About two years ago, Alicia Elliott, tired of seeing a vacant lot in west Olympia day after day after day as she drove her children to school, finally took action. She bought the lot at Harrison Avenue and Division Street and turned it into a community park.
It since has become known as West Central Park, home to outdoor movie nights on Mondays and volunteer work groups that show up Sundays to help keep the park in order. But now Elliott has a much grander vision, one that could see her acquire the entire block, from Harrison Avenue to Fourth Avenue, and from Cushing Street to Division Street.
But here’s what’s happened so far: Elliott since has deeded the park property to a nonprofit organization called the West Central Park Project, which oversees the park, and so far has a nine-member board, which could grow to 12 under its bylaws. Elliott, 49, is board president.
She also has purchased the property next door to the park, which currently is home to what used to be DeGarmo’s Compounding Pharmacy, and has bought property near DeGarmo’s. And she’s in discussions with other owners of property along the block.
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The purchase of the park and related property was made possible by an inheritance she received from her mother, she said.
Once she got the ball rolling on the park, she started to hear from the other owners. She, too, didn’t expect to expand beyond the park, but now it’s happening, Elliott said.
“It’s happening, and I’m stepping up to the plate,” she said.
DeGarmo’s is set to be used as a cafe as well as a commercial kitchen to serve planned food trucks for the site. Ideas for the rest of the block, if everything goes through, are to bring retail businesses without changing the character of the block and to add a small amount of parking, she said.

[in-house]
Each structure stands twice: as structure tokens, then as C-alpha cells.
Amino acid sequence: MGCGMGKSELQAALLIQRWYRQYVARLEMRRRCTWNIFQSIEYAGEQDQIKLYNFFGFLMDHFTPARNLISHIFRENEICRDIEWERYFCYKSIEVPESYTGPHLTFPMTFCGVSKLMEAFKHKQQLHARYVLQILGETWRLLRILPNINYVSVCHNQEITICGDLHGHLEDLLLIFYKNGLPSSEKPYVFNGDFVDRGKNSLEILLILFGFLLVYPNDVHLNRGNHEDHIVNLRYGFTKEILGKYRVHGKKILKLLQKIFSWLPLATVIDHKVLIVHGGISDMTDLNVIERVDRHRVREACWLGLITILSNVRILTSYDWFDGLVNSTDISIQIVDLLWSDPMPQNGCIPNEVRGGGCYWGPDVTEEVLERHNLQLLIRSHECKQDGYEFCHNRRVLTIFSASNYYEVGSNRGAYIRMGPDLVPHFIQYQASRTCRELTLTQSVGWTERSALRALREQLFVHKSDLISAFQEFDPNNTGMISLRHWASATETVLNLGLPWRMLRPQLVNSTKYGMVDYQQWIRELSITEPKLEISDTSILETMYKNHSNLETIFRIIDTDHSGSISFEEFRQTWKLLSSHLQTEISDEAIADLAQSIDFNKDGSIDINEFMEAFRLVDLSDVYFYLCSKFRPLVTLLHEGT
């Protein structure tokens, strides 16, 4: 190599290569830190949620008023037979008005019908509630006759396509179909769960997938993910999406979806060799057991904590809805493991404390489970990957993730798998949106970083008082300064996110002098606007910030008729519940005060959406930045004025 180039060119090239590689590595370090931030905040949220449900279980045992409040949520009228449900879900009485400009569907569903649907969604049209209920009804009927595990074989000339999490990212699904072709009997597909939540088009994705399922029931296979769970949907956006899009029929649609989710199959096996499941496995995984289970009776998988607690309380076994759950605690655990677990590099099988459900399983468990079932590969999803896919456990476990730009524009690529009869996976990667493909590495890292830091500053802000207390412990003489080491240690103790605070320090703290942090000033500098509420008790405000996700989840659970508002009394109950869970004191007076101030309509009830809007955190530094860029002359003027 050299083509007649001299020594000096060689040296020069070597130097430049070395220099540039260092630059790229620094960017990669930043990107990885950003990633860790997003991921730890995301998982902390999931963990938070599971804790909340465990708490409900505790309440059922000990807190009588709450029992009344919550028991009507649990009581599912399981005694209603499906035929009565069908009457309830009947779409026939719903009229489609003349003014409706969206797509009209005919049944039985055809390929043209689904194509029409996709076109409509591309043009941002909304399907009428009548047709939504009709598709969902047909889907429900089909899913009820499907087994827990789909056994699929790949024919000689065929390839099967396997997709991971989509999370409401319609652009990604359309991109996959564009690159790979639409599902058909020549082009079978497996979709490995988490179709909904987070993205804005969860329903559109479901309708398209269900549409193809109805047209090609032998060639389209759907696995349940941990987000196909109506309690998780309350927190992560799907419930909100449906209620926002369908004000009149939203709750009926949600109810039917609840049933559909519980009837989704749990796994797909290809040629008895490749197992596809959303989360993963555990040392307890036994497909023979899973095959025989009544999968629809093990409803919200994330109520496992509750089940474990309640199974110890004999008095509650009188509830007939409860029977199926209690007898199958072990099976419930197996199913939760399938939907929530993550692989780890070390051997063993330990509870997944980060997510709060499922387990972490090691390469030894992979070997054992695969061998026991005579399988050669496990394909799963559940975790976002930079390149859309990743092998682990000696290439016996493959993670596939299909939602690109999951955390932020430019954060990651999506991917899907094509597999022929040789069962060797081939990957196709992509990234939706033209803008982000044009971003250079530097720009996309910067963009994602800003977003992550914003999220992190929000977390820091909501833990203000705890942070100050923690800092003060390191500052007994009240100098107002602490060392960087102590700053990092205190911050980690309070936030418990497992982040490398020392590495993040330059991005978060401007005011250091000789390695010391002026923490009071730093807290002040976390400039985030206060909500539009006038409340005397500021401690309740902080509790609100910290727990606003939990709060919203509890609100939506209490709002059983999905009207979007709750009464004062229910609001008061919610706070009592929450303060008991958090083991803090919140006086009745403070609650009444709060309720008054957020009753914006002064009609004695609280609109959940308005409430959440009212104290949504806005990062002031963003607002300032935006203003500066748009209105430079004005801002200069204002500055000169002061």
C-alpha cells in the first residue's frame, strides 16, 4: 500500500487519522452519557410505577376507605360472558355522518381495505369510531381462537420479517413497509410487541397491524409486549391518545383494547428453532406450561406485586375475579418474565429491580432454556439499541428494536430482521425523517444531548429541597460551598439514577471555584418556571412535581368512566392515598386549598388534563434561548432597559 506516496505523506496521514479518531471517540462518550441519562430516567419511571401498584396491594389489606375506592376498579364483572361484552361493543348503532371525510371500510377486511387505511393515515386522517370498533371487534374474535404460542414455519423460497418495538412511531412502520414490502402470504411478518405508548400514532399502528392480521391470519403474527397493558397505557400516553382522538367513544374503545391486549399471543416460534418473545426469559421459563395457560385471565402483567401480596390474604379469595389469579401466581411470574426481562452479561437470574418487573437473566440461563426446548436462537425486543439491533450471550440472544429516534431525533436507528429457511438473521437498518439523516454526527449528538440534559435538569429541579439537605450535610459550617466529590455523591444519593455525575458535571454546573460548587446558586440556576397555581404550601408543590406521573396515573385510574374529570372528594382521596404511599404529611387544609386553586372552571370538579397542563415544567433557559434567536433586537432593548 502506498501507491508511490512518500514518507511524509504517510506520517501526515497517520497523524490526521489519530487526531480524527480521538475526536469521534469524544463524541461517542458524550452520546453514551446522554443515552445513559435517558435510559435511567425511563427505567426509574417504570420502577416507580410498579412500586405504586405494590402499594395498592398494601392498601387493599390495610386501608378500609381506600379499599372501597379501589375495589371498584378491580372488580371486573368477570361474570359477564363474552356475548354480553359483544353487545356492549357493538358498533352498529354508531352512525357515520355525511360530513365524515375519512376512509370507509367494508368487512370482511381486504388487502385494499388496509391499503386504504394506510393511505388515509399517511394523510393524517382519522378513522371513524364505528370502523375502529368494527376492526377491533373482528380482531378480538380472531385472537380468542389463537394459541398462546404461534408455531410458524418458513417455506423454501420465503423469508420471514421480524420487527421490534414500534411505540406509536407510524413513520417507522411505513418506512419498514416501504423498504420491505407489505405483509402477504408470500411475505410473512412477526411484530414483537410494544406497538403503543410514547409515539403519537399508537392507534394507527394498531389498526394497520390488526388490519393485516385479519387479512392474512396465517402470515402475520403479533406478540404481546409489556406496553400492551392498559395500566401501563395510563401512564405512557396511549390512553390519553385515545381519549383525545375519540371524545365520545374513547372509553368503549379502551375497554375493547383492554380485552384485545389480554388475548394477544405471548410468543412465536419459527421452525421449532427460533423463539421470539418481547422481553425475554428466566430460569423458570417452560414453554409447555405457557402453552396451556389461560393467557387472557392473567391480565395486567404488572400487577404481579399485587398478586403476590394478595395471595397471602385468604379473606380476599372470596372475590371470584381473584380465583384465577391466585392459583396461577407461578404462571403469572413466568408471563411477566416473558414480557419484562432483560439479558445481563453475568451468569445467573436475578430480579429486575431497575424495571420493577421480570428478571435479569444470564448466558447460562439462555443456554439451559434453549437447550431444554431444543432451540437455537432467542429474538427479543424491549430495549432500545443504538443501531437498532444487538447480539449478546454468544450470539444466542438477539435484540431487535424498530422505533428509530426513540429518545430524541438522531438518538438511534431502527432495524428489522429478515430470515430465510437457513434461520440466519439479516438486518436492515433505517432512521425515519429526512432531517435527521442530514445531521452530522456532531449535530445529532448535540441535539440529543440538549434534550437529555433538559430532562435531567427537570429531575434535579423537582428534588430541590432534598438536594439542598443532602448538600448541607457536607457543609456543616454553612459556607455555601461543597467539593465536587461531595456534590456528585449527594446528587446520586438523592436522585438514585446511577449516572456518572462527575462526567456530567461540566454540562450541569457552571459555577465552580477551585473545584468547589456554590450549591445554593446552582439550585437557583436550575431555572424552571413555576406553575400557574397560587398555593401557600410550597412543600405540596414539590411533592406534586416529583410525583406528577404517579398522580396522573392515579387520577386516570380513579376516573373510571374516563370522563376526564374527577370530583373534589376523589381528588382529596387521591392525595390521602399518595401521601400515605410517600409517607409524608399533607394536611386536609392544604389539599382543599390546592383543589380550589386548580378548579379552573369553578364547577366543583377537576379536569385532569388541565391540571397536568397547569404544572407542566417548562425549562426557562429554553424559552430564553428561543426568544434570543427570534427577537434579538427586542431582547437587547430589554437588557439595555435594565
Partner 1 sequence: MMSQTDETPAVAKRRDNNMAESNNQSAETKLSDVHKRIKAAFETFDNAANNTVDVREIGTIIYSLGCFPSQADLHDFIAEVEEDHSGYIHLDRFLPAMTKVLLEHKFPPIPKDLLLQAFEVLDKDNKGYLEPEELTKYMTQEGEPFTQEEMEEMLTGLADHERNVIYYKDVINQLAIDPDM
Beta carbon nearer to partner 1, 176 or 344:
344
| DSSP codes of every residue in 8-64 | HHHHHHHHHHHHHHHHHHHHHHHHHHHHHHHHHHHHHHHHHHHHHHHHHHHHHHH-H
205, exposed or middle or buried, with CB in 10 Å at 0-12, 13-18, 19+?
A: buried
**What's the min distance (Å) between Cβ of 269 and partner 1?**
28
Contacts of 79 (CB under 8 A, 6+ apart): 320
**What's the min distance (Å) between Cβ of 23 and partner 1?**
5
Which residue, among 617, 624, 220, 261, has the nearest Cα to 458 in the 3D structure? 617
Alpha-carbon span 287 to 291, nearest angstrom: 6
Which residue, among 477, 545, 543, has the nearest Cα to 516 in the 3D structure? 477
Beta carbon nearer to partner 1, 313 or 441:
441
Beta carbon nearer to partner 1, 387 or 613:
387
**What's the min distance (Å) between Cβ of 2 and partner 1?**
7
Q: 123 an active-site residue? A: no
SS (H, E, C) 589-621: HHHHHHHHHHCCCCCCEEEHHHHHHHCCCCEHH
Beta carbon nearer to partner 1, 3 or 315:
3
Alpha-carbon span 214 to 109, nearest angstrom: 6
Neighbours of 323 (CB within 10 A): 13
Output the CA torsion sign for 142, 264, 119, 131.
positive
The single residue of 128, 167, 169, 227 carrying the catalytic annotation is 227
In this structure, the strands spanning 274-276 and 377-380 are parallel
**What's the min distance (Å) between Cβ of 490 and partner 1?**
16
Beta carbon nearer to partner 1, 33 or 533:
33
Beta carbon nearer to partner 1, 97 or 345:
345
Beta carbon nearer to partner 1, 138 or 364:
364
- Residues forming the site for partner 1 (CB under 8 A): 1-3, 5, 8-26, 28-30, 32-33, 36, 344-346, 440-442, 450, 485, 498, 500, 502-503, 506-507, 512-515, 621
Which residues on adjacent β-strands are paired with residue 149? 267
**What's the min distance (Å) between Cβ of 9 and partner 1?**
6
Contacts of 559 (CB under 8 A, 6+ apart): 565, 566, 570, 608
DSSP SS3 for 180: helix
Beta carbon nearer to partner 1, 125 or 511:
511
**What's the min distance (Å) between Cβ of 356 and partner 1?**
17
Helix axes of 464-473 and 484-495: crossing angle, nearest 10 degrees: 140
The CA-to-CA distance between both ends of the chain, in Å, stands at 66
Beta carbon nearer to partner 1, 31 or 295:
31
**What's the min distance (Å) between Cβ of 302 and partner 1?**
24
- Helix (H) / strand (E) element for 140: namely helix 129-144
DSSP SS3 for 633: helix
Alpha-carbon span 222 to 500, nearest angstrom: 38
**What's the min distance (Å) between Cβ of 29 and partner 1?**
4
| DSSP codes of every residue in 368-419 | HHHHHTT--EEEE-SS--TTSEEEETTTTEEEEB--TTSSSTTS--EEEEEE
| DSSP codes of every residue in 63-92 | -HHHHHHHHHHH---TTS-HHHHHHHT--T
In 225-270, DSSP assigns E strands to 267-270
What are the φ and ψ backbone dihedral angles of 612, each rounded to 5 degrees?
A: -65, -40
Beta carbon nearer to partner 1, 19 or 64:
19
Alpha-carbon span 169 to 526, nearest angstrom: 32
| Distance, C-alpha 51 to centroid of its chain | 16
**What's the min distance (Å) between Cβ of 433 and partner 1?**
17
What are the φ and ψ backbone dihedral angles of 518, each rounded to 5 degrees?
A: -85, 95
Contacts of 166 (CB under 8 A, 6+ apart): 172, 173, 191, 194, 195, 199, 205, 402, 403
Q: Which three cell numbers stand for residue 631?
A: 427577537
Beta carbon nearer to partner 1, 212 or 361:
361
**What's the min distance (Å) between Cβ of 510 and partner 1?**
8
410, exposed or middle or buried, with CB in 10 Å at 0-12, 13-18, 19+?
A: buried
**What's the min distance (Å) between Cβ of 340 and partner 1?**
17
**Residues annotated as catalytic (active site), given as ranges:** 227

Dennis Lyon, who has done design work for the park, added Tuesday that a storage shed, bathrooms and covered stage also are planned. Lyon and several other volunteers were removing tree stumps Tuesday from a section of property near the park.
Lyon, a friend of Elliott’s, has done design work for her home. He thought Elliott was crazy when she shared her idea with him about bringing a park to that corner, but he also told her that he wanted to get involved.
Plenty of people were helping out Tuesday, including representatives from Olympia City Church, Sound City Church and a related organization, all of whom are volunteering their time in the Olympia area this week, including at the park Tuesday.
One of those helping out was Patrick Pulley, a pastor at Olympia City Church who also lives on the city’s west side. He said he drives by the park every day and wanted to help out, impressed with the vision for the park and that it’s for and run by the community.
Elliott said she is aware of a few park criticisms — that it’s in the wrong place or that it doesn’t look like a park, or that bathrooms will generate the wrong kind of traffic. But Elliott pointed out that the park is on such a visible corner and there is so much community engagement about the park, she expects any unusual activity at the park will be kept in check.
“There is an incredible energy in the park,” she said.
If you want to get involved, work parties meet Sundays from 10 a.m.-1 p.m. at the park.